He needs to be open and share the full details when comparing Australia’s response to the virus to that of other countries. This week Morrison offered Singapore as an example when saying why Australia was moving to keep schools open. But we did not get the full picture: notably that Singapore has strict temperature monitoring in place and has extensive tracking on residents, meaning they can quickly and effectively undertake contact analysis.
He needs to be able to quickly change course if necessary, without fearing the political fallout. He’s taken a huge gamble on keeping schools open, leaving Australians little option but to trust his response to advice received from health officials. If this turns out to be the wrong decision, he must pivot immediately and ignore how this makes him look personally.
He needs to get comfortable with empathy, but take it beyond his own personal experience. We’re now well acquainted with Morrison referring to his daughters, his wife Jenny, his friend the plumber, his mates, his concerns as a parent and his experience as the ‘every day Australian’. We’ve heard it before and it’s not enough for this crisis. Morrison needs to work on his communication to deliver more empathy in his messaging: to share his understanding on why Australians are concerned, and how this anxiety and concern manifests across different segments of the population.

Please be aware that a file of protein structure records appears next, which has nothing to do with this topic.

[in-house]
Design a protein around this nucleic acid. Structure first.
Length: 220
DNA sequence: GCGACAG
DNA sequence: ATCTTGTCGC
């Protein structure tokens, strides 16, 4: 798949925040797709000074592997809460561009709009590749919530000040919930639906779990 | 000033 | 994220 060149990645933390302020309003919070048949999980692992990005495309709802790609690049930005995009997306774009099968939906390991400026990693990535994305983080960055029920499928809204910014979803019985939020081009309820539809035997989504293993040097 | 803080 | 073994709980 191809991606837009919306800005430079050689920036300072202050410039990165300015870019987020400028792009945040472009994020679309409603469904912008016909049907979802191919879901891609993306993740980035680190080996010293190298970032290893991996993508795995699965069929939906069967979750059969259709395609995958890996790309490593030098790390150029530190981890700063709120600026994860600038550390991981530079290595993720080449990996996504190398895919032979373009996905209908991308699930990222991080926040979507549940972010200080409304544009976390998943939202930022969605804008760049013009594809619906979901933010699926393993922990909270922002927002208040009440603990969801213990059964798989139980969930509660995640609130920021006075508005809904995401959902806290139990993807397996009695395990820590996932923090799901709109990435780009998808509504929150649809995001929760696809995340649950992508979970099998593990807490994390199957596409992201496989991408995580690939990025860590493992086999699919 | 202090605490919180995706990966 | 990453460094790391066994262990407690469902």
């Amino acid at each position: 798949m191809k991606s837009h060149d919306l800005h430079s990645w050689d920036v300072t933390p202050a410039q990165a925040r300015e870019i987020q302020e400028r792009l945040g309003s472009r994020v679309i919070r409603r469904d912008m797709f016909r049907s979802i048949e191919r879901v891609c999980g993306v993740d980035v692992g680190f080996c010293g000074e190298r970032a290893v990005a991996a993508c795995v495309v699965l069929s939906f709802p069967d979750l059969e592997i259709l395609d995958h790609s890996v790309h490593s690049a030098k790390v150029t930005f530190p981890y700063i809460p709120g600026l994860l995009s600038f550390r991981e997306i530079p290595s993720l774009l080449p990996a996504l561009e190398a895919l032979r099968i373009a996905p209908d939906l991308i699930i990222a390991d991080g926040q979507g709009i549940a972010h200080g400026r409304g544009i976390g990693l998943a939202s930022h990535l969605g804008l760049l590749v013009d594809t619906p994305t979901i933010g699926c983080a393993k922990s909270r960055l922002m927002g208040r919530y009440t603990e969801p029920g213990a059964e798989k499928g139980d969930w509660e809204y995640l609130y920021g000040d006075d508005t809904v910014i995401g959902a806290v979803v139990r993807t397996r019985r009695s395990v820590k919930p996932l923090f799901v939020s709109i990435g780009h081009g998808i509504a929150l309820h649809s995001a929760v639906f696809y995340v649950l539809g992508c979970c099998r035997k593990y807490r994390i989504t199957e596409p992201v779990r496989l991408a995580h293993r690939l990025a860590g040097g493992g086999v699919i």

Morrison also has an opportunity to better humanise the tragedy. It’s will be upsetting and painful, but we need to hear the names and personal stories of the Australians who are dying — just as we did during the bushfire crisis, and just as we’ve done during terrorist incidents overseas. The sad truth is the names may mount so quickly that saying anything of substance about each individual may quickly prove impossible. But Morrison can lead by expressing his grief, even selecting individual stories each time and reminding us all why we’re being asked to participate in the measures that are being asked of us.
Now is the time to step up the trust in leadership by giving us leadership we can trust in. There has been some progress made in the past few days, but we need huge improvements to put our best response forward as the cases inevitably escalate.
Hope is a great resource we can draw on to help fight the challenge ahead. But hope is not a strategy. Brilliant leadership is.